Seeking expert counsel: Consulting with healthcare professionals who comprehend the intricacies of your unique circumstances is crucial for receiving personalized recommendations.

Assessing individual risks: Factors such as viral load, liver health, and any co-infections will be meticulously evaluated to determine the most appropriate course of action.

– Placing trust in their expertise: Healthcare providers will offer invaluable insight into managing your Hepatitis while breastfeeding, addressing any concerns that may linger in your heart along the way.


Nurturing Your Baby, Managing Hepatitis:

Effectively managing your Hepatitis while breastfeeding becomes a proactive endeavor, cherishing the well-being of both you and your baby. Healthcare provider may consider these steps:

– Antiviral therapy: In certain cases, when needed, healthcare providers may prescribe antiviral therapy to lower your viral load, which minimizing the risk of transmission to your newborn baby.

– The gentle rhythm of monitoring: Regular check-ups to monitor your viral load and liver function serve as guardians, ensuring the continued health and vitality of both you and your baby.

Promoting the sacredness of hygiene: By embracing the beauty of hand hygiene and meticulously following proper breast milk handling techniques, you create an additional layer of protection against transmission.

The embrace of emotional support: Coping with Hepatitis while breastfeeding can be emotionally challenging. Lean on your loved ones, seek solace in support groups, and rely on healthcare professionals who offer understanding, compassion, and unwavering encouragement.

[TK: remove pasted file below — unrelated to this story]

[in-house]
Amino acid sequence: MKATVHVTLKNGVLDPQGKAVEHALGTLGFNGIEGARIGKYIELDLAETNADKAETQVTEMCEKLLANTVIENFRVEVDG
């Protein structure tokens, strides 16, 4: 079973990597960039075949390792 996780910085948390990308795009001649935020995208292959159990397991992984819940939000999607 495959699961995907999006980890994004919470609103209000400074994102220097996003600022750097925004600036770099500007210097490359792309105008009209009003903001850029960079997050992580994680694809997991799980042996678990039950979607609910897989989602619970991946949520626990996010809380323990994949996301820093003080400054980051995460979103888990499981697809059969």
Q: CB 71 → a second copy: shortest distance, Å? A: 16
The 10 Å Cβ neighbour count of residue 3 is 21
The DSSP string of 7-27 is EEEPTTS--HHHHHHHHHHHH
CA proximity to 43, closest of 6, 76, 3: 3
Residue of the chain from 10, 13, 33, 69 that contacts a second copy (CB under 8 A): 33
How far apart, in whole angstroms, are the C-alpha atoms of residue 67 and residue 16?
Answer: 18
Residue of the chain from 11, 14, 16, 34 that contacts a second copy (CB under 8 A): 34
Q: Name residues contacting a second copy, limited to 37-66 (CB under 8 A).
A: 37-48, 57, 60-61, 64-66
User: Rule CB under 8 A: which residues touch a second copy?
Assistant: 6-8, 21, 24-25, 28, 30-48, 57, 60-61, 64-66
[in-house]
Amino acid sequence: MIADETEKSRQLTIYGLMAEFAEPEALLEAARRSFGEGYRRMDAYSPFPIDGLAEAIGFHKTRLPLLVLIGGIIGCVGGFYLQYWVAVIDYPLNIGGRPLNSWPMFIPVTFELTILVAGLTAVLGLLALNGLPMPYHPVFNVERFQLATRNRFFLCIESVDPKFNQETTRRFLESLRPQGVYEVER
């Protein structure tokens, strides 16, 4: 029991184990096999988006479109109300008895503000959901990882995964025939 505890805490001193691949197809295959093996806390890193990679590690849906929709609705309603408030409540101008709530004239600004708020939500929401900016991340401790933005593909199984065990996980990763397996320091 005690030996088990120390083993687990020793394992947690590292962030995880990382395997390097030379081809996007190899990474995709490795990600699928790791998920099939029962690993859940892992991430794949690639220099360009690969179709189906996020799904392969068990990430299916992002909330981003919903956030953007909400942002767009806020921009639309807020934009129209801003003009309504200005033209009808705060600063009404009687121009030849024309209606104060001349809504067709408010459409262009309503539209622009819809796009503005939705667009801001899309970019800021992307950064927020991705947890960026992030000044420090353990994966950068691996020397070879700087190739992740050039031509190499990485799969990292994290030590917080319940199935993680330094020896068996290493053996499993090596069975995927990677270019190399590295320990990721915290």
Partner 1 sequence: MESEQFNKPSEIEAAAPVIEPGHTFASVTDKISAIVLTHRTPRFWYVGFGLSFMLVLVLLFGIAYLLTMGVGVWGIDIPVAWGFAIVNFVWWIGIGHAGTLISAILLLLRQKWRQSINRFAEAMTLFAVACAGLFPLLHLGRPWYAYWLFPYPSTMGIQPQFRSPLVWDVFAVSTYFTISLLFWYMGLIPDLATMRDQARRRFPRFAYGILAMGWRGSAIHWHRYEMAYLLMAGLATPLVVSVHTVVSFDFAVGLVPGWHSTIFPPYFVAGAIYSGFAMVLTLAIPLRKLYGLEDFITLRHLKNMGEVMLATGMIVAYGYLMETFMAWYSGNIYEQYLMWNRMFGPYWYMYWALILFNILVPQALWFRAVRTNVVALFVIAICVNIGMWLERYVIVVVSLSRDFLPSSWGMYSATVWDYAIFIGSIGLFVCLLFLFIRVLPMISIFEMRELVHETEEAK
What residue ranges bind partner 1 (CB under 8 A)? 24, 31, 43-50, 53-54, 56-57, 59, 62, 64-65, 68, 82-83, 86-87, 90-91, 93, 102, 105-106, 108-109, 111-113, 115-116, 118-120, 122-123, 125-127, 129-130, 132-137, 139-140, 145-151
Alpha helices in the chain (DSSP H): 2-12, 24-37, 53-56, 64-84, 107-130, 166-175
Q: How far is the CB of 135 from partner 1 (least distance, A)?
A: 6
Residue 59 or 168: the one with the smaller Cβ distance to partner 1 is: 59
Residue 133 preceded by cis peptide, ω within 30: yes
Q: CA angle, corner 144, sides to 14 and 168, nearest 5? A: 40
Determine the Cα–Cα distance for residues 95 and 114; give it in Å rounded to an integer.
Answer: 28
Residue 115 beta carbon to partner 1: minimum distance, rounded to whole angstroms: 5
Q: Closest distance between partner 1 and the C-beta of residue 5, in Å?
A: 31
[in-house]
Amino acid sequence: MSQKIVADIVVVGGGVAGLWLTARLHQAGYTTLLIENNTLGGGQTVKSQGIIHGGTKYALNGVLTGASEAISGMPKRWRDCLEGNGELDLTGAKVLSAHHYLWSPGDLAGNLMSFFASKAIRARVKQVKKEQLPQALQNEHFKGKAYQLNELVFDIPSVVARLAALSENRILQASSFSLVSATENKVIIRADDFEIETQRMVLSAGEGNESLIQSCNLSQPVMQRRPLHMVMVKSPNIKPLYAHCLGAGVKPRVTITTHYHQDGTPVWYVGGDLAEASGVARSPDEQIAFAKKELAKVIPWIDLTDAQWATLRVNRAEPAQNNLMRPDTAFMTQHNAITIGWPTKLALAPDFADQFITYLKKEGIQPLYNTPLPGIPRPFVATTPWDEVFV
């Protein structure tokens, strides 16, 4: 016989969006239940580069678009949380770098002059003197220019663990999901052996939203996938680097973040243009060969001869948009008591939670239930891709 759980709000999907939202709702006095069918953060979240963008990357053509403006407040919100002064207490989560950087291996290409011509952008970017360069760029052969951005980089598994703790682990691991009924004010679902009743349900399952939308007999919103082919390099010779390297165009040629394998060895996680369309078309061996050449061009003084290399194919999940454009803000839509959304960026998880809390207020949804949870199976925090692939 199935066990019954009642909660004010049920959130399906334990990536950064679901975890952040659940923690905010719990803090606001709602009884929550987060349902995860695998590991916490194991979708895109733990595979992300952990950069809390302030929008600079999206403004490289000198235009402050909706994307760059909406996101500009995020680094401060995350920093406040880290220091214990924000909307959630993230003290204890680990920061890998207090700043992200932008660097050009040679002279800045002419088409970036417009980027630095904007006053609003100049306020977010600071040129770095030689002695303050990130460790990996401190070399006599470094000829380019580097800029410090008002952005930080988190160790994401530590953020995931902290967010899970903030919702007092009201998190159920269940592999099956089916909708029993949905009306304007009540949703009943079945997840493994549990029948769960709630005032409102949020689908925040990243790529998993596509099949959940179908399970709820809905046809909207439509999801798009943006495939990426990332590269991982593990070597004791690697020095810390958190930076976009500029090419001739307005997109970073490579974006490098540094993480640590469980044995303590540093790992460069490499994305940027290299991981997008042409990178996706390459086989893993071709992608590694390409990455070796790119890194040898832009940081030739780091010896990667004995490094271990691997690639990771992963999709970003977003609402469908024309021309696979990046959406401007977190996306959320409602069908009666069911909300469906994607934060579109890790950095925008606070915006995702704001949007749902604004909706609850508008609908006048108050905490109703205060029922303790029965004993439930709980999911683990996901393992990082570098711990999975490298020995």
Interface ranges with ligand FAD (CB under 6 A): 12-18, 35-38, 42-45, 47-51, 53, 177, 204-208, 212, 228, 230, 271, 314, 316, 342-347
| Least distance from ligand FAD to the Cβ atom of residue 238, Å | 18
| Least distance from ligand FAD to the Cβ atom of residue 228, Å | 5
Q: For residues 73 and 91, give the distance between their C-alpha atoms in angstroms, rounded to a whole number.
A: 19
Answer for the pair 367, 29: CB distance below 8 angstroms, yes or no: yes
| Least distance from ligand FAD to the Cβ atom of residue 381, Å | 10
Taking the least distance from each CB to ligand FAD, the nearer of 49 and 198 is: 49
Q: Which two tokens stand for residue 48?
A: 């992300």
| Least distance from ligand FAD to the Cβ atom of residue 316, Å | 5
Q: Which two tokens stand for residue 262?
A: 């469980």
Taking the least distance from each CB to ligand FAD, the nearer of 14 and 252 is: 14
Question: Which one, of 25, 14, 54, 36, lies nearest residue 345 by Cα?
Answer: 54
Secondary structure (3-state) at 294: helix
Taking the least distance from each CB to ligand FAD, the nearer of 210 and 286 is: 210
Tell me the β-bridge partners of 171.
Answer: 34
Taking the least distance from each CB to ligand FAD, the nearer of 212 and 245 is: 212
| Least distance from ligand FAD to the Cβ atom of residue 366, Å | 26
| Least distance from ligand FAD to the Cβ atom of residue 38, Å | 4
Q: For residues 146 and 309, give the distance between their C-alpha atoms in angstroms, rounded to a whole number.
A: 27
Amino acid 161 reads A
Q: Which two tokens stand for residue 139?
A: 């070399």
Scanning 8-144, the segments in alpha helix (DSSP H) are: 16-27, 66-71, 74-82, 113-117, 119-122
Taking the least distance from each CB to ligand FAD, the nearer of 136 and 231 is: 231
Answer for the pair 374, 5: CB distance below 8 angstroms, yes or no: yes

Dosage and schedule of hepatitis b vaccine and immunoglobulin for a newborn baby;


If your baby is born with a low birth weight of less than 1500 grams or prematurely, it’s important to know that their response to the hepatitis B vaccination may be lower initially compared to full term babies. However, rest assured that the final response rates are comparable. To provide an extra layer of protection for your precious bundle, it is recommended to administer Hepatitis B Immunoglobulin (HBIG) alongside the vaccination. This additional measure is meant to safeguard your baby’s health. The HBIG dosage for these special cases is 250 units (1.75ml), which can be given in divided doses within the first 7 days of life.


If your baby is considered high risk based on the results of the mother’s antenatal serology, specific criteria such as HBsAg positive and HBeAg positive, a history of acute hepatitis B during pregnancy, or a known high HBV DNA level should be taken into account. In such cases, both HBIG and the hepatitis B vaccination should be administered to your little one to provide the utmost protection.